A. Jurisdiction

Pursuant to 28 U.S.C. § 2241, alien detainees can properly challenge "the extent of the Attorney's General's authority" to detain a removable alien under the general detention statutes. Zadvydas v. Davis, 533 U.S. 678, 687-88 (2001). The REAL ID Act of 2005 amended the Immigration and Nationality Act ("INA") and vests jurisdiction over final removal orders with the court of appeals. Nadarajah v. Gonzales, 443 F.3d 1069, 1075-76 (9th Cir. 2006) The Real ID Act does not divest the district court of jurisdiction because the Act was "not intended to 'preclude habeas review over challenges to detention that are independent of challenges to removal orders.'" Hernandez v. Gonzales, 424 F.3d 43 (9th Cir. 2005) (citation omitted). Here, Petitioner challenges his continued detention and TPS status and not the validity of a final order of removal. Therefore, this Court has jurisdiction under 28 U.S.C. § 2241 to consider his petition.

B. Reinstatement of the 1996*fn3 Prior Deportation Order

Petitioner argues that the reinstatement of the 1996 deportation order on September 18, 2008 was invalid because his deportation and re-entry occurred before the effective date of the Illegal Immigration Reform and Immigrant Responsibility Act of 1996 ("IIRIRA") on April 1, 1997. (Pet. at 2-3.) Respondent contends that the United States Supreme Court's decision in Fernandez-Vargas

v. Gonzalez, 548 U.S. 30 (2006) forecloses Petitioner's argument.

In their arguments, both parties assumed a reinstatement order was issued on September 18, 2008. However, on September 18, 2008, the IJ only terminated removal proceedings. (Resp't Ex. 37.) The IJ did not reinstate Petitioner's prior 1996 order of deportation to Honduras. (Id.) At the time that the petition was filed, there was no valid deportation order as the 1996 deportation order was executed on December 13, 1996. See Alcala v. Holder, 563 F.3d 1009, 1013 (9th Cir. 2009) (when an alien is removed subject to a removal order, it is deemed executed and the order may not be executed against him unless the prior order has been formally reinstated). This Court is adjudicating the Petition filed on May 10, 2010. As there was no reinstatement order when the petition was filed, there is no case or controversy. See Kittel v. Thomas, 620 F.3d 949, 951 (9th Cir. 2010) ("The Constitution limits the jurisdiction of the federal courts to live cases and controversies, and as such, federal courts may not issue advisory opinions.") "Failure to satisfy Article III's case-or-controversy requirement renders a habeas petition moot." Mujahid v. Daniels, 413 F.3d 991, 994 (9th Cir. 2005). Accordingly, the Court DENIES his claim regarding the alleged reinstatement of his 1996 deportation order as moot.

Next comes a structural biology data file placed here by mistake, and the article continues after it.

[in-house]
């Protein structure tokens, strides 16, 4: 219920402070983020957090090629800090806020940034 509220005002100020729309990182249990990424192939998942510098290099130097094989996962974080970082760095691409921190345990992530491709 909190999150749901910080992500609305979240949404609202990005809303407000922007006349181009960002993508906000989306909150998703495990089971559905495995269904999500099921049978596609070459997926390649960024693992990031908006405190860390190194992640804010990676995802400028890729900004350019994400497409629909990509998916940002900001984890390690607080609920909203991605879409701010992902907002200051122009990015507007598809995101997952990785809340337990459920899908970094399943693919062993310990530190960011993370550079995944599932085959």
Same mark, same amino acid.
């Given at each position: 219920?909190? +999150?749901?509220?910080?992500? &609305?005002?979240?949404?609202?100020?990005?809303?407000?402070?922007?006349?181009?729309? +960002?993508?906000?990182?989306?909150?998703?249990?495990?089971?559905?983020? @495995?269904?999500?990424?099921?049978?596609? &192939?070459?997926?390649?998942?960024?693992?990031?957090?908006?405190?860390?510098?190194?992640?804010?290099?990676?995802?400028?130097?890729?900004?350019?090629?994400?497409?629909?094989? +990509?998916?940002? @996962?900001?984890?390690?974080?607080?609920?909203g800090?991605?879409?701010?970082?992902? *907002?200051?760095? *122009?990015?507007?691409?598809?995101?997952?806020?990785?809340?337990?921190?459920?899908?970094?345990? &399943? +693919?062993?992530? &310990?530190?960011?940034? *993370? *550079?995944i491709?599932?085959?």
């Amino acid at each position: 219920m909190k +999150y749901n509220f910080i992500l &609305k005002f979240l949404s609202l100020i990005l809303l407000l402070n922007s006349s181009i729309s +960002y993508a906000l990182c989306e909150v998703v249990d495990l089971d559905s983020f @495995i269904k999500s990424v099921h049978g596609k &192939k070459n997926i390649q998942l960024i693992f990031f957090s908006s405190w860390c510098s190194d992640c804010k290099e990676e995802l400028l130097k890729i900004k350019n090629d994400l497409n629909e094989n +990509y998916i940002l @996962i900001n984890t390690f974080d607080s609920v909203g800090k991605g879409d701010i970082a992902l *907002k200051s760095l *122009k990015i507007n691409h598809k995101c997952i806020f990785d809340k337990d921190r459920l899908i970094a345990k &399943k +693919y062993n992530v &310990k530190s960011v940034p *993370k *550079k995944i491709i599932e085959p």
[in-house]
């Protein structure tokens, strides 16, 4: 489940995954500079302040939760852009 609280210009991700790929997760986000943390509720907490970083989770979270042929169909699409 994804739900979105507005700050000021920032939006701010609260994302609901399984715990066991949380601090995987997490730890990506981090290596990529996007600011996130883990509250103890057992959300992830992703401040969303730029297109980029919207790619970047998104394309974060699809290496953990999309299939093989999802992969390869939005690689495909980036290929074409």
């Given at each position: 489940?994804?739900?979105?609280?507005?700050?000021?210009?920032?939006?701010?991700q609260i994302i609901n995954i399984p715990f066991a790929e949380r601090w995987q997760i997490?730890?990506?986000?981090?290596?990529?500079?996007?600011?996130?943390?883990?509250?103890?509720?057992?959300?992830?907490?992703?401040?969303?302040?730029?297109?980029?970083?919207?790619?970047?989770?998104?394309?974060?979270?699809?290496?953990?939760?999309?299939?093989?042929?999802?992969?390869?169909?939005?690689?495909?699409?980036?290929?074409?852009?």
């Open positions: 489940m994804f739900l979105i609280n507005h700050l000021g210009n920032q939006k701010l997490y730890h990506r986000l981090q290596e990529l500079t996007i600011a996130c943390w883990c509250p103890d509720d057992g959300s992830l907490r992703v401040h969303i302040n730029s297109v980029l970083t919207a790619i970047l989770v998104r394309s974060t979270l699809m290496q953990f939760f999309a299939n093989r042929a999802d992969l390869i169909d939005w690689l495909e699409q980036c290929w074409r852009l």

C. Bond Hearing

Petitioner also argues that the DHS, IJ and BIA erred in denying him a bond or releasing him under supervision pursuant to Tijana v. Willis, 430 F.3d 1241 (9th Cir. 2005) and Nadarajah v. Gonzales, 443 F.3d 1069 (9th Cir. 2006). He claims that he has been detained for a prolonged time while his appeal is being processed and the United States Supreme Court has held that prolonged detentions are impermissible. Petitioner argues he is entitled to release pending resolution of his appeal. Respondent contends that Petitioner is not entitled to a bond hearing under section 1231(a)(6).

In order to determine whether Petitioner is entitled to a bond hearing, the Court needs to determine whether the Attorney General's authority to detain Petitioner was under section 236 or 241 of the Immigration and Nationality Act, codified at 8 U.S.C. §§ 1226 and 1231. See Diouf v. Mukasey, 542 F.3d 1222, 1228 (9th Cir. 2008). As explained by the Ninth Circuit, "[w]here an alien falls within this statutory scheme can affect whether his detention is mandatory or discretionary, as well as the kind of review process available to him if he wishes to contest the necessity of his detention." Prieto-Romero v. Clark, 534 F.3d 1053, 1057 (9th Cir. 2008).

Section 1226(a) grants the Attorney General discretion to detain an alien "pending a decision on whether the alien is to be removed from the United States." 8 U.S.C. § 1226(a). This section gives the Attorney General discretionary authority to release aliens on bond or conditional parole prior to the removal period. Id. In contrast, § 1231(a)(2) grants the Attorney General mandatory authority to detain aliens "during" their "removal period." 8 U.S.C. § 1231(a)(2). Section 1231(a)(6) further grants the Attorney General with discretionary authority to detain certain classes of aliens "beyond" the removal period or to release them subject to the terms of supervision in§ 1231(a)(3). Id. Under this section the Attorney General must remove during the 90 day removal period. Id. § 1231(a)(1)(A). According to the statute,

The removal period begins on the latest of the following:

(i) The date the order of removal becomes administratively final.

(ii) If the removal order is judicially reviewed and if a court orders a stay of the removal of the alien, the date of the court's final order.

(iii) If the alien is detained or confined (except under an immigration process), the date the alien is released from detention or confinement.